3 Signs of Employee Burnout: Bad Employees vs. Unmotivated Employees


Employee burnout is an interesting phenomena that can occur within any organization at any level. Our understanding of motivation, performance management, and compensation has developed rapidly in recent years. Thus, we are now capable of better assessing and adjusting employee experiences. Undoubtedly, employee burnout is as old as labor itself, but until recently has been mislabeled as, “being a poor employee.” Here are four signs that an employee has crossed the threshold of exhaustion:


An Increase in Illnesses:


Our number one sign of employee burnout is possibly the most mysterious. Simply put, exhausted employees begin to wear and feel their symptoms (fatigue, pallor, lost focus, etc). These employees feel under the weather and logically assume that they are ill based off the symptoms they are experiencing. They miss work, rest in bed, take cold/flu remedies, schedule doctor appointments, and completely overlook the source of the issue...what their workday consists of.


Heightened Sensitivity:


Often described as, “wearing your nerves on the outside,” these employees become incredibly difficult to manage. Coaching is critical to solid performance management and employee development. Employee’s experiencing burnout can react in an extremely negative fashion when given the slightest degree of criticism. We often believe that these individuals simply do not take accountability for their actions and in turn begin to close off their career opportunities.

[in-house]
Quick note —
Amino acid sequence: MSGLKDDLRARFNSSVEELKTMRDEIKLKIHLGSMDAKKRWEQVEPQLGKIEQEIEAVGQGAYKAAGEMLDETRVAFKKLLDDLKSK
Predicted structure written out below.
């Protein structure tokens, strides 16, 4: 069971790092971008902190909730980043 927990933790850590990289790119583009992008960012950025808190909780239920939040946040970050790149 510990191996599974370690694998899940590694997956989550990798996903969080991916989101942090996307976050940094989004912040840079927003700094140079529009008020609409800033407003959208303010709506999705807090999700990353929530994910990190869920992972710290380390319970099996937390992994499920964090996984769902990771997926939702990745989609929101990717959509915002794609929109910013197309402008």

Self Isolation / Disengagement:


These individuals do not seem like they want to be part of the organizational family. I have especially struggled with employees that did not want to participate in group activities and projects within the work space. I train managers to go above and beyond to improve the experiences of their subordinates and celebrate the team. It can be extremely disheartening for a manager to go way out of their way for a subordinate, just to have their efforts rebuffed at every corner.


What Can we do as Managers?


  • Constantly check-in with your subordinates. This will grant you greater insight on the employee’s performance, as well as making them feel as if they are top of mind.


  • Regularly review the arrangement of job tasks. Nothing fosters burnout quite like redundancy, do your best to bring team members aboard new projects, endeavors, and processes.


  • Create a forum in which employees can communicate with management and give feedback. You want your employees to feel as though they have a say in business operations, and as successful companies have learned...innovation does not always come from the top of an organization.


  • Get in the habit of learning about your subordinates (hobbies, goals, aspirations). Having an in-depth understanding of your team will assist you in identifying changes.



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Michael Chiovitti, Chief Talent Strategist

Eden Resources, LLC